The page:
Injuries, both intentional and unintentional, are the leading causing of death among people between 1 and 44 years old, but preventing them isn’t routinely addressed in primary care. Intentional injuries, also known as violence, make up a substantial portion of these deaths.
Still, primary care providers spend much more time educating patients about non-communicable and infectious diseases instead of screening them for violence. For context, injury kills almost 60,000 people every year, compared to about 35,000 deaths from non-communicable diseases and 5,000 from infectious diseases, according to the CDC.
So why is violence left out of routine care? It requires time that many PCPs feel the don’t have, not to mention sensitivity and training. This is an oversight because PCPs have a closer relationship with their patients than other medical professionals and studies have found many victims visit their PCPs in times of distress.
For example, a study from the 80s found 62 percent of women who died by homicide from their partner had sought care but not been screened the week before their deaths, says Eileen Owen-Williams, PhD, DNP, FNP-BC, CNM, AFN- BC, FAANP, who’s set up several clinics devoted to recognizing violence. The ultimate result is “providers aren’t picking up on abuse — we’re not treating it and people are dying from abuse that’s preventable.”
Here are some of Dr. Owen-Williams’ most trusted resources to screen for violence for providers working in a busy primary care practice.
Interventions to Prevent Child Maltreatment, U.S. Preventive Services Task Force Recommendation Statement.
In 2016, more than 1,700 children died in the U.S. as a result of maltreatment. While this resource from the Journal of the American Medical Association acknowledges that more research is needed to develop thorough recommendations for preventing violence among children, it outlines ways PCPs can intervene.
This article from the American Academy of Pediatrics defines the most common risk factors for child violence, missed opportunities for diagnosing it, and clinical presentations. It also explains what to do once you’ve identified abuse.
This is a case-based interactive learning program for clinicians to increase accuracy and confidence in recognition and reporting of cases of physical child abuse.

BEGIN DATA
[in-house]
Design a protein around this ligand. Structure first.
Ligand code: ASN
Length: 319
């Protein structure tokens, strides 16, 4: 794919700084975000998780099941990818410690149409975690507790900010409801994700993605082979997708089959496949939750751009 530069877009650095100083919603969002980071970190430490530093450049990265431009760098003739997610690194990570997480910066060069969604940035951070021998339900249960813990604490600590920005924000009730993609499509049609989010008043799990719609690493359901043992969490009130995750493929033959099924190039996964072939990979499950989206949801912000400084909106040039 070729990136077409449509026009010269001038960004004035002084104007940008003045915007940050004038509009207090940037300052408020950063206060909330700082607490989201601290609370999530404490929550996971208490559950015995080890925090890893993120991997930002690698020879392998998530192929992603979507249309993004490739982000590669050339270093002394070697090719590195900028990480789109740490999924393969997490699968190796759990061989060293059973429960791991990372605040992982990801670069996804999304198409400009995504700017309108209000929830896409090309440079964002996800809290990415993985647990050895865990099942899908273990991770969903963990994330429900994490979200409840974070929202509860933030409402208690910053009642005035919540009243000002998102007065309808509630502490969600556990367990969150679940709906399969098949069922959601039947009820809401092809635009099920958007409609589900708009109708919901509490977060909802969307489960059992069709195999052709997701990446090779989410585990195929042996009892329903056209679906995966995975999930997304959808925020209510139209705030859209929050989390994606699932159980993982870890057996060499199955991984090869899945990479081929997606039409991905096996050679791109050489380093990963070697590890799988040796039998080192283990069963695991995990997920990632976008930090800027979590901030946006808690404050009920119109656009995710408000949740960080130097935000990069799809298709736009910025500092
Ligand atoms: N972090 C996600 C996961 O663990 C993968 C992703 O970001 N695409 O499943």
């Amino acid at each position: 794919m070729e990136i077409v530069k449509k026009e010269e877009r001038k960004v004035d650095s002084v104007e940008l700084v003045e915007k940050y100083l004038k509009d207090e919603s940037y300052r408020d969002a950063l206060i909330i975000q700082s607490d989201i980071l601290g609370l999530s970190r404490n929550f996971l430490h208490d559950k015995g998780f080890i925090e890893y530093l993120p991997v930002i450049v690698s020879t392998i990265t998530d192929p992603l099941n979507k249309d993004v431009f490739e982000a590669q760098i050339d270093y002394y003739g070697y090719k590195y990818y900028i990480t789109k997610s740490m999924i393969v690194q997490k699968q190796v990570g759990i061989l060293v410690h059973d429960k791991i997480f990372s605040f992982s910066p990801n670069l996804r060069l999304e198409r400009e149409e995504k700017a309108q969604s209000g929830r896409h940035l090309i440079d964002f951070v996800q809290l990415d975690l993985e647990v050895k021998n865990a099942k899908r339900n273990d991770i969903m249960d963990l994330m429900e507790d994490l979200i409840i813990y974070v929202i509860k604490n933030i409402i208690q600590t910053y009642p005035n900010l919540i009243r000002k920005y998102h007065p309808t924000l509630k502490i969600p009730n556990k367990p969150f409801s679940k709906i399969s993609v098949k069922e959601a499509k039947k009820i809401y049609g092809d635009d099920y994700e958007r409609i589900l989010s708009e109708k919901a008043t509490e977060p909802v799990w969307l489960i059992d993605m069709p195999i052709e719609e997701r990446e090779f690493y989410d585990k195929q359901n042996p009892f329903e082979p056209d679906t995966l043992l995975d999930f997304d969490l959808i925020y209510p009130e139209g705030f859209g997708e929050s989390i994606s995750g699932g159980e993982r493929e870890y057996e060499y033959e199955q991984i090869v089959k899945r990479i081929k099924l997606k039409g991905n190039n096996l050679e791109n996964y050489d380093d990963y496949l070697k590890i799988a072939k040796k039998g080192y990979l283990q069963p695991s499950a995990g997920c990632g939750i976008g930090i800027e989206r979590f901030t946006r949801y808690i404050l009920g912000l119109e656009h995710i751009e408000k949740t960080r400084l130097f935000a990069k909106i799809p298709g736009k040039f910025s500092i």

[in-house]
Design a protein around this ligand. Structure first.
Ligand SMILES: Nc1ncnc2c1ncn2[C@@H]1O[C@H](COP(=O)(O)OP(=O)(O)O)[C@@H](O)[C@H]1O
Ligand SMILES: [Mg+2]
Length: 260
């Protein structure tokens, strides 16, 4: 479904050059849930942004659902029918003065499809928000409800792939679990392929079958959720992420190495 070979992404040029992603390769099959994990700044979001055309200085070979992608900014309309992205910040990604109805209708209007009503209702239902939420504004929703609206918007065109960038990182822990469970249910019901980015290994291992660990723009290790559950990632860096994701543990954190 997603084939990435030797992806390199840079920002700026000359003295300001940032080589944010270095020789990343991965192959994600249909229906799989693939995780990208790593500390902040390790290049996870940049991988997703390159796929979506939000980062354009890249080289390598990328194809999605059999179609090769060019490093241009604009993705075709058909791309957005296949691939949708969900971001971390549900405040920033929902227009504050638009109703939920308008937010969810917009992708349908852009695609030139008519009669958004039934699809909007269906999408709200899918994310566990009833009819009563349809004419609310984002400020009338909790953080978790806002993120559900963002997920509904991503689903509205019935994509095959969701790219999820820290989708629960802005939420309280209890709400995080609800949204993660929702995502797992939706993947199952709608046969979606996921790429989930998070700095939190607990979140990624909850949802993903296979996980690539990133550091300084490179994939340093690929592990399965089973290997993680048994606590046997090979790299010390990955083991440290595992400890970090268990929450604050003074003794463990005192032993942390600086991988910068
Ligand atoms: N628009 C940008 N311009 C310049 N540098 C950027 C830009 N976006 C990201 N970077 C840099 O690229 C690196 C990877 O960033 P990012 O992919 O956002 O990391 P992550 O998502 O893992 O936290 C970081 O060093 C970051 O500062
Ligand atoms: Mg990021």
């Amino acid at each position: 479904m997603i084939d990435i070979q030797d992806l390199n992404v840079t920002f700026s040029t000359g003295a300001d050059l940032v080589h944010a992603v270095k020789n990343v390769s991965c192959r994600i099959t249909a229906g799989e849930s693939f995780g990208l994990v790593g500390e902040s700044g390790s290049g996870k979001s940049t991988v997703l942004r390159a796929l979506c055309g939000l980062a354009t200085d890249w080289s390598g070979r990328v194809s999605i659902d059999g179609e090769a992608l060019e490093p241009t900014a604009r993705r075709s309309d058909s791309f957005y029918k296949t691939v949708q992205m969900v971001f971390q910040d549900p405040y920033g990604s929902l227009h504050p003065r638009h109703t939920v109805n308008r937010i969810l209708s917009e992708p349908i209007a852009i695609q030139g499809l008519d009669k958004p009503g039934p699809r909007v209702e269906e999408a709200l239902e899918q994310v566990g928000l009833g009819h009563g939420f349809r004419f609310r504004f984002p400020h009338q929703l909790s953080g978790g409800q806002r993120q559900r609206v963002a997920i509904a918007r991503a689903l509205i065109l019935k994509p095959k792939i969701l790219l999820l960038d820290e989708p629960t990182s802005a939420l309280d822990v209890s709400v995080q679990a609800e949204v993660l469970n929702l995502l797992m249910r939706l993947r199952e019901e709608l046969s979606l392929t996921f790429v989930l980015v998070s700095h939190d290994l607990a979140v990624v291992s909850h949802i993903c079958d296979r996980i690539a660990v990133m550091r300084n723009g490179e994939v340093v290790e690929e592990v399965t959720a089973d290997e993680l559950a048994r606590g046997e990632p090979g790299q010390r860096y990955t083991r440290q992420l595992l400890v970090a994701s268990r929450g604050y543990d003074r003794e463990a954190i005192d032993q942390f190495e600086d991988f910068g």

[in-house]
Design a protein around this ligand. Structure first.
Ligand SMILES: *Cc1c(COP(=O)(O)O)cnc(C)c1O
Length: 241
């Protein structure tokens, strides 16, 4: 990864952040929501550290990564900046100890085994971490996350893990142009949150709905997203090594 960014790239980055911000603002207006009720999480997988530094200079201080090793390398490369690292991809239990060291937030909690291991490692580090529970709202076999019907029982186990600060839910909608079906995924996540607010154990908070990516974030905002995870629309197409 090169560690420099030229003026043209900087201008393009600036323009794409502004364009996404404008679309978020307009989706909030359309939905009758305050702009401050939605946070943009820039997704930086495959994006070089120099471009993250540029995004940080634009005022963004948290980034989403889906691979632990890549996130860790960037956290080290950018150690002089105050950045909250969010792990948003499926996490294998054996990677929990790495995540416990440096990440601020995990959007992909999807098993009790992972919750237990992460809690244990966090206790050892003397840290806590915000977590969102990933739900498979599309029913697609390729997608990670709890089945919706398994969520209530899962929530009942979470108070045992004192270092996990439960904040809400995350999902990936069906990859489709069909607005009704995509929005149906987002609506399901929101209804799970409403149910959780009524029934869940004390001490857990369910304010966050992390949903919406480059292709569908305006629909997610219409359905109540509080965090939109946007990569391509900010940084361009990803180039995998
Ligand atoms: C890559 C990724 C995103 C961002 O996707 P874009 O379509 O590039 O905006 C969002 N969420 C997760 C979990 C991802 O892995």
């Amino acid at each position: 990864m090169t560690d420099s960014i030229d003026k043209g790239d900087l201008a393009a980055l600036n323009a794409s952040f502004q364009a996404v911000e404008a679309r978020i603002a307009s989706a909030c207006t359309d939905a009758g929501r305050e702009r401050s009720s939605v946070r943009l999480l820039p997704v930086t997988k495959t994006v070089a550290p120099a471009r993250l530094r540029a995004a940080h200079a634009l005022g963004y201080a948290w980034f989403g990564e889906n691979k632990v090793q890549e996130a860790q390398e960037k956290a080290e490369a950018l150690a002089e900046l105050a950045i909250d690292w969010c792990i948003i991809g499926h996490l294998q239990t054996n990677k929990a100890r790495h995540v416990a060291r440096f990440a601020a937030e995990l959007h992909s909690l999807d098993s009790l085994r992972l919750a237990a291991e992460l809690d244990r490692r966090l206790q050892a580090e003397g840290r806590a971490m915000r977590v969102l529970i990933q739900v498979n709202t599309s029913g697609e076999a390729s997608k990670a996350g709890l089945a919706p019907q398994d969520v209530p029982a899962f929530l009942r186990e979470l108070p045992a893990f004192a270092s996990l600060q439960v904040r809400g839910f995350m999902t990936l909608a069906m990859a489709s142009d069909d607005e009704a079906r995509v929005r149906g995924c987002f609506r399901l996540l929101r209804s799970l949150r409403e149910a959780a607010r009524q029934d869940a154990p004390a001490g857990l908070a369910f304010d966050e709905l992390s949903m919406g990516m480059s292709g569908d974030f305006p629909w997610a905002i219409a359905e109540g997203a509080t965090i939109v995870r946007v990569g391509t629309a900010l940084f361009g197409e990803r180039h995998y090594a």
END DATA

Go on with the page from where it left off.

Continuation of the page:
Screening for Intimate Partner Violence (IPV), Elder Abuse, and Abuse of Vulnerable Adults, U.S. Preventive Services Task Force Final Recommendation Statement.
This guide concludes that screening for IPV in women of reproductive age and providing or referring women who screen positive to support services benefits them. It also recommends asking potential victims the questions listed in the HARK (Humiliation, Afraid, Rape, Kick); HITS (Hurt, Insult, Threaten, Scream); E-HITS (Extended-Hurt, Insult, Threaten, Scream); WAST (Woman Abuse Screening Tool); and PVS (Partner Violence Screen) tests.
While there’s limited information on validated screening tools related to older people with dementia, we know common risk factors include: cognitive impairment, including communication abilities, caregiver stress, a history of domestic violence between partners, mental illness, substance abuse and financial problems. A response of “yes” to one or more of the last five questions on EASI should raise concern about elder abuse.
Research from 1992 using this 3-question assessment found a 17 percent prevalence of physical or sexual abuse during pregnancy, which was more than double previous reports. It also found 60 percent of abused pregnant women reported two or more episodes.
A since expanded version of this screen includes these questions:
This test includes 11 items to assess the physical safety of patients who disclose current IPV. It’s most often administered by a clinician or self-reported in healthcare settings. This screener is applicable to all genders, including men.
This course from Futures Without Violence looks at moving beyond screening and referral to create responses to violence rooted in prevention, healing and wellness. Part of this is looking at patients as whole people rather than focusing on their trauma alone. The webinar took place in December 2018, but a recording of the lecture, as well as the slides, are available to download.
This is an evidence-based framework for intervention with the goal of supporting survivors and preventing further violence. CUES stands for: confidentiality, universal education/empowerment, and support.
This organization develops and promotes accessible, culturally relevant, and trauma-informed responses to domestic violence and other lifetime trauma. It creates online resources for providers and patients alike.
Tools for Transformation: Becoming Accessible, Culturally Responsive, and Trauma-Informed Organizations — An Organizational Reflection Toolkit.
This guide teaches organizations to become more accessible, culturally responsive, and trauma-informed (ACRTI) in their approach and services. Its recommendations come from the voices survivors, advocates, and clinicians; from the insights of social and political movements; and from research and science, including a growing body of research on child development and neurobiology.
What resources do you use to talk to your patients about violence in their lives?